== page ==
During the COVID-19 pandemic, ventilator sharing was suggested to increase availability of mechanical ventilation. The safety and feasibility of ventilator sharing is unknown.
A single ventilator in pressure control mode was used with flow control valves to simultaneously ventilate two patients with different lung compliances. The system was first evaluated using high-fidelity human patient simulator mannequins and then tested for 1 h in two pairs of COVID-19 patients with acute respiratory failure. Patients were matched on positive end-expiratory pressure, fractional inspired oxygen tension, and respiratory rate. Tidal volume and peak airway pressure (PMAX) were recorded from each patient using separate independent spirometers and arterial blood gas samples drawn at 0, 30, and 60 min. The authors assessed acid-base status, oxygenation, tidal volume, and PMAX for each patient. Stability was assessed by calculating the coefficient of variation.
The valves performed as expected in simulation, providing a stable tidal volume of 400 ml each to two mannequins with compliance ratios varying from 20:20 to 20:90 ml/cm H2O. The system was then tested in two pairs of patients. Pair 1 was a 49-yr-old woman, ideal body weight 46 kg, and a 55-yr-old man, ideal body weight 64 kg, with lung compliance 27 ml/cm H2O versus 35 ml/cm H2O. The coefficient of variation for tidal volume was 0.2 to 1.7%, and for PMAX 0 to 1.1%. Pair 2 was a 32-yr-old man, ideal body weight 62 kg, and a 56-yr-old woman, ideal body weight 46 kg, with lung compliance 12 ml/cm H2O versus 21 ml/cm H2O. The coefficient of variation for tidal volume was 0.4 to 5.6%, and for PMAX 0 to 2.1%.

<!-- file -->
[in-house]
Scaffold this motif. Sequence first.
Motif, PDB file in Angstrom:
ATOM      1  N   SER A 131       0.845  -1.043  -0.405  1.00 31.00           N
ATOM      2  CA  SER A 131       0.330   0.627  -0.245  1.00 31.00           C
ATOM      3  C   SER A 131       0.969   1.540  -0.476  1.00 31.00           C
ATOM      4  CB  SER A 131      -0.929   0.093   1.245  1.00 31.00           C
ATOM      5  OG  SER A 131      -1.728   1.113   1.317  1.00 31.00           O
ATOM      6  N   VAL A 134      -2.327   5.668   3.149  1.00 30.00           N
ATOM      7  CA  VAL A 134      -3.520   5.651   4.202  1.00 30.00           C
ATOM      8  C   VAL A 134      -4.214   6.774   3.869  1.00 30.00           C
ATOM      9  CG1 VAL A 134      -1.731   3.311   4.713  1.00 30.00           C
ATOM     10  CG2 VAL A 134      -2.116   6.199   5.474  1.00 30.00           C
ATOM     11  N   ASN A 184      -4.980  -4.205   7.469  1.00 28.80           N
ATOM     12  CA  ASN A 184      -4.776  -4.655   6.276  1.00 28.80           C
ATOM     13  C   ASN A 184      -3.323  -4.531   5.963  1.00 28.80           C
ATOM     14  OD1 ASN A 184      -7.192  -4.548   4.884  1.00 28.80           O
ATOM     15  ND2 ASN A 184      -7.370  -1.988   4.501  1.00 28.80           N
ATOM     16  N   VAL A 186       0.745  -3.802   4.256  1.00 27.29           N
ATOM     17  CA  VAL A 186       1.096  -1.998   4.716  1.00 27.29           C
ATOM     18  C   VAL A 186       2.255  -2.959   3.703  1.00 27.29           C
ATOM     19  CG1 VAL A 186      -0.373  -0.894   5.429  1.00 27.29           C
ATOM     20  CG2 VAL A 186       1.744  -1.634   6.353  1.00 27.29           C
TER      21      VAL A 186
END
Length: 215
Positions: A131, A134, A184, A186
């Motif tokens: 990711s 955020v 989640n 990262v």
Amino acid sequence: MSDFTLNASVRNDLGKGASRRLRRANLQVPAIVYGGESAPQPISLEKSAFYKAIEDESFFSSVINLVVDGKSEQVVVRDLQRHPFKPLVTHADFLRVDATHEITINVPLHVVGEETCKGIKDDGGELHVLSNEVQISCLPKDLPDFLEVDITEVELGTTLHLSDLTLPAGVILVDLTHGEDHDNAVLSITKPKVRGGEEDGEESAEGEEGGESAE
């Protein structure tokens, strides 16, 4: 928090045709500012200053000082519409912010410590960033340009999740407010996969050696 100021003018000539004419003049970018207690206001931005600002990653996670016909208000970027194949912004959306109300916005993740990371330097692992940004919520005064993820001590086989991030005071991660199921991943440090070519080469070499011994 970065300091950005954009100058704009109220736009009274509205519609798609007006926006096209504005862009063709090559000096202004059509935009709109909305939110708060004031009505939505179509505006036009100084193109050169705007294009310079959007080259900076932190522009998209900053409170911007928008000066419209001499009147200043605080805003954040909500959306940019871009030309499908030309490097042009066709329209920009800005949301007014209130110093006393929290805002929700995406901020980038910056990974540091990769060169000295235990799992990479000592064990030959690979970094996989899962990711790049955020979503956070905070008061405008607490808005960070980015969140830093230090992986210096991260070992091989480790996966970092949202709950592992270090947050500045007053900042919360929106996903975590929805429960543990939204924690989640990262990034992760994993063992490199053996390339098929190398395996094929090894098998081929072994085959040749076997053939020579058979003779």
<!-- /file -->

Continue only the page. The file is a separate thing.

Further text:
Differential ventilation using a single ventilator is feasible. Flow control valves enable delivery of stable tidal volume and PMAX similar to those provided by individual ventilators.
In previous mass casualty situations that have resulted in intensive care unit or emergency room surge conditions, the use of ventilator splitting to ventilate two or more patients has been proposed.
The concept has received renewed attention with the global COVID-19 pandemic.
The impaired respiratory mechanics similar to the acute respiratory distress syndrome seen in COVID-19 patients pose significant engineering challenges to optimally ventilate one patient while preventing damage to a paired patient.
Custom three-dimensional printed inspiratory flow control valves designed to allow individualized setting of tidal volume and airway pressure were evaluated using high-fidelity simulator mannequins with similar or different lung compliance and were found to perform as expected with stable tidal volumes delivered to each mannequin.
The system demonstrated stable performance when tested for 1 h in two pairs of volunteer COVID-19 patients with acute respiratory failure. Continuous assessment of tidal volume and peak airway pressure in each patient during the study allowed for dynamic alteration of tidal volume in response to respiratory acidosis.
This study suggests that custom-designed flow control valves may facilitate the use of split ventilation techniques in a surge setting.